Negligence is a critical component of a personal injury lawsuit. In order for the plaintiff to receive compensation for damages, the plaintiff and his or her attorney must establish negligence on the part of the defendant. Therefore, a basic understanding of the concept of negligence is important to anyone who has sustained a personal injury as a result of an auto accident, pedestrian accident, workplace accident, slip-and-fall accident, medical malpractice, or other accident.
In a personal injury lawsuit, a person or business can be held liable for injuries sustained by the plaintiff under the legal concept of negligence. Negligence is any “conduct that falls below the standard established by law for the protection of others against unreasonable risk of harm.” The law requires that people and businesses conduct themselves in a manner that conforms to a reasonable standard of conduct. When this standard of care is violated, the law requires that the person or business compensate a person who is injured as a result.
There are four components to negligence:
- There was a duty of care owed to the defendant.
- There was a breach of that duty.
- The breach of this duty of care was the cause of the defendant’s accident.
- The defendant suffered damages as the result of his or her accident.
Additionally, some professions and institutions, such as doctors and hospitals, are legally required to uphold a standard of care accepted by their practice or industry. If they fail to uphold this standard of care they may be liable for malpractice, which is based on the concept of negligence.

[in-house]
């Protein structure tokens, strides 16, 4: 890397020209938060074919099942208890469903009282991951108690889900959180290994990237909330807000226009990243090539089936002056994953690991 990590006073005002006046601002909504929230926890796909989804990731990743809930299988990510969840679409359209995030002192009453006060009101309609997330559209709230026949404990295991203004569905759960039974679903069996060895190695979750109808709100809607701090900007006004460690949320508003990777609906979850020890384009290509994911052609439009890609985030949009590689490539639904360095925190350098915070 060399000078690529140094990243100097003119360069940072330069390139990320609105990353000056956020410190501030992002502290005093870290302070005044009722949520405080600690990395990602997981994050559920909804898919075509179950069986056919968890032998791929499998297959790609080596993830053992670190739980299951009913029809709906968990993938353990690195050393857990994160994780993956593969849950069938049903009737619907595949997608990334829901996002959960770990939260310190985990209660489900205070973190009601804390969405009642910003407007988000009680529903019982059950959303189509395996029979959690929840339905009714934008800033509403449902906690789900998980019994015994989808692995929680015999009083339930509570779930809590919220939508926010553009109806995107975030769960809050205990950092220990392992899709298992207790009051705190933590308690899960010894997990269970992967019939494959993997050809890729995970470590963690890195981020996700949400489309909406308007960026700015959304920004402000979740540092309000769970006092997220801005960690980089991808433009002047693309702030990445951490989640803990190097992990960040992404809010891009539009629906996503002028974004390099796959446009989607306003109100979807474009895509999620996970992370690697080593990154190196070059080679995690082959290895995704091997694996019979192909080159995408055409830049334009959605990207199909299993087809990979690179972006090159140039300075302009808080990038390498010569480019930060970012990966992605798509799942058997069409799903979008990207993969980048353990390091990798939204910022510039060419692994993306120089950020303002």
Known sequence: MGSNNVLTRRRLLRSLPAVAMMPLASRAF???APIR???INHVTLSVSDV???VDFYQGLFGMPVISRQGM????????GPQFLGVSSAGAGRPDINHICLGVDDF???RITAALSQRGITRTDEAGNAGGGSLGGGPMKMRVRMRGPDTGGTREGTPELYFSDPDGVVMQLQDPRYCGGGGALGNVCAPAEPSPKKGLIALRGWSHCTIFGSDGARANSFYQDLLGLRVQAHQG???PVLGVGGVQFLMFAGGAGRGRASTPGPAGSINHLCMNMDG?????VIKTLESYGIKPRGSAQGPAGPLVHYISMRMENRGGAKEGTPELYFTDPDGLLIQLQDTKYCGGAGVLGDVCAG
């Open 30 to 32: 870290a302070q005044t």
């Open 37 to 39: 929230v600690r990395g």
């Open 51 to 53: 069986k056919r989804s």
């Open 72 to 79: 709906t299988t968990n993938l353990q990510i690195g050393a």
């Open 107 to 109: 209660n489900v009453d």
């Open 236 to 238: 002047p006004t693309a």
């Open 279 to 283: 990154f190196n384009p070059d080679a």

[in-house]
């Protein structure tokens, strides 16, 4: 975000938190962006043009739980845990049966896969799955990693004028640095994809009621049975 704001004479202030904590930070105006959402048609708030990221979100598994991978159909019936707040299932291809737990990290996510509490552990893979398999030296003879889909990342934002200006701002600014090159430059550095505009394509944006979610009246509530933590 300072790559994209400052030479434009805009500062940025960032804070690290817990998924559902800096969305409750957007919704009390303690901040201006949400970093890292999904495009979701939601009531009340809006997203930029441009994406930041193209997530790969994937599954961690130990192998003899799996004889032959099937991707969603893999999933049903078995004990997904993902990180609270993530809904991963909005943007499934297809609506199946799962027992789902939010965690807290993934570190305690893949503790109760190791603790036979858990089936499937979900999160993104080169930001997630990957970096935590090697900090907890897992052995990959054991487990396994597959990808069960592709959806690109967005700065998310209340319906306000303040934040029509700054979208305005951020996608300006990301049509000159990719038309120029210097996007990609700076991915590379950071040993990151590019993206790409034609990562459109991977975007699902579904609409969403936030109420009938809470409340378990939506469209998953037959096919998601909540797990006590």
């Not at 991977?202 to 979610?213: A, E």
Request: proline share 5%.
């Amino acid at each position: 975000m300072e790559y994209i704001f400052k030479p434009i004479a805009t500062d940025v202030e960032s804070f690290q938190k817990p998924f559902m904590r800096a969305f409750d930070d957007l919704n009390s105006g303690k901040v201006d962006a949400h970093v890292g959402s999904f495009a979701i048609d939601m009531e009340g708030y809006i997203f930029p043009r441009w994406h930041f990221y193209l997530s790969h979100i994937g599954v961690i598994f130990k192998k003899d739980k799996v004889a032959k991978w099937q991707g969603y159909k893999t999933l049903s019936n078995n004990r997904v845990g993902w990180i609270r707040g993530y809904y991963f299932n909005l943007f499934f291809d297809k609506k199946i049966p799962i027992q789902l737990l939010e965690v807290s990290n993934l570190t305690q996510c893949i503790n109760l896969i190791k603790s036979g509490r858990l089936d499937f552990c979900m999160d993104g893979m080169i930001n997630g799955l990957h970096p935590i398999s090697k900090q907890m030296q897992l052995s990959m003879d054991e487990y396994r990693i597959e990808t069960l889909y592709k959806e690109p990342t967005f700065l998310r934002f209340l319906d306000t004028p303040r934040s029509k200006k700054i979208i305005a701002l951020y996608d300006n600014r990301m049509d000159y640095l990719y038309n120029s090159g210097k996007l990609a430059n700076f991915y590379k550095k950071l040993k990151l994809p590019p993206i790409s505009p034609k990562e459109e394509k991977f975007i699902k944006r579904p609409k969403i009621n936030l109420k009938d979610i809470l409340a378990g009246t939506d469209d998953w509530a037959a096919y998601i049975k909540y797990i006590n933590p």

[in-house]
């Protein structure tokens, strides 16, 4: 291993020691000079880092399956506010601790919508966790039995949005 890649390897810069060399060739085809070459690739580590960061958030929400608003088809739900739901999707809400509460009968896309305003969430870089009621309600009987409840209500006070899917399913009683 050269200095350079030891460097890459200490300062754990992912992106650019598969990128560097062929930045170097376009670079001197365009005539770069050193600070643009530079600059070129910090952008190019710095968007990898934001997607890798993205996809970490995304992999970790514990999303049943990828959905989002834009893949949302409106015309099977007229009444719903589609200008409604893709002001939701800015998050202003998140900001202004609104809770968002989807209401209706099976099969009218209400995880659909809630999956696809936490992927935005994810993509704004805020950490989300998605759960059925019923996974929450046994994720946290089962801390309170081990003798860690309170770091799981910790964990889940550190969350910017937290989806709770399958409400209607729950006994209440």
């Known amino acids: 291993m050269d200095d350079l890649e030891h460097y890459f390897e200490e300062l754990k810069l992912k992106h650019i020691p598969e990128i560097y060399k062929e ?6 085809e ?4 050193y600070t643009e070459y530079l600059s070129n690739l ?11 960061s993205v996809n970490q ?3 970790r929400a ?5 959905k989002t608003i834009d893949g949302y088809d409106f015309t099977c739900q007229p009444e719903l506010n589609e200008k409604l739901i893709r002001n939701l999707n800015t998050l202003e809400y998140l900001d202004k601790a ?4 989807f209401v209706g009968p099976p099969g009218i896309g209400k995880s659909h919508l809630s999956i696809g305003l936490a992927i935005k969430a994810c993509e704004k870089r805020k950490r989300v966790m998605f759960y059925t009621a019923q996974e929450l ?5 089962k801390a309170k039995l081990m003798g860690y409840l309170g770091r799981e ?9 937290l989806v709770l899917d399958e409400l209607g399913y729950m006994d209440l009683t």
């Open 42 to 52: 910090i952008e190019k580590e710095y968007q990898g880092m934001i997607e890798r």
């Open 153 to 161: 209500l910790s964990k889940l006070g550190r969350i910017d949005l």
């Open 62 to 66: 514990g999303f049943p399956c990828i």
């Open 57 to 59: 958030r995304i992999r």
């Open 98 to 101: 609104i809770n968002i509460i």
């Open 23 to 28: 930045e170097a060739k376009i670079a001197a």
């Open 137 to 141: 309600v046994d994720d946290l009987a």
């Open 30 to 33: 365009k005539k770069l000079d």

Who is at Fault?
In order for negligence to be established, the defendant and his or her attorney must establish each of the four elements. Negligence cases often revolve around whether or not there was a breach of duty, whether or not the breach was the cause of the defendant’s injuries, and to what extent the defendant suffered damages. Therefore, if you suffer a personal injury it’s very important that you preserve and keep track of any documents relevant to your case, including medical bills and records, documents from insurance companies, any document you receive from the plaintiff, police reports, records of lost pay and other expenses. Your Colorado personal injury attorney can use these documents to prove the damages component of your case and maximize your compensation.
In many personal injury cases, fault does not solely lie with one defendant. For instance, if you are injured as the result of a motorcycle accident, the truck driver who struck your motorcycle may be held partially liable, and the trucking company that employs the driver and the manufacturer of the flammable material that spilled out of the truck and burned you may also be partially liable. It’s very important that you and your attorney identify all possible defendants in your case to maximize your compensation. Also: you may be partially at fault under the concept of contributory negligence if you failed to wear a helmet or failed to obey traffic rules. Contributory negligence means that any compensation from the defendant(s) can be limited to the extent that you are found partially responsible for your own injuries.
Should I Hire a Colorado Personal Injury Attorney?
Because a negligence case can involve multiple and complex issues, a number of different defendants, and insurance companies with a strong interest in fighting your case and virtually unlimited resources at their disposal, if you’ve suffered an injury as the result of someone else’s carelessness you should contact an experienced Colorado attorney specializing in personal injury today. An attorney can wade through the complex issues involved, can help identify all possible defendants, can fight the insurance companies who want to pin the blame on you, and can get you the compensation that you deserve.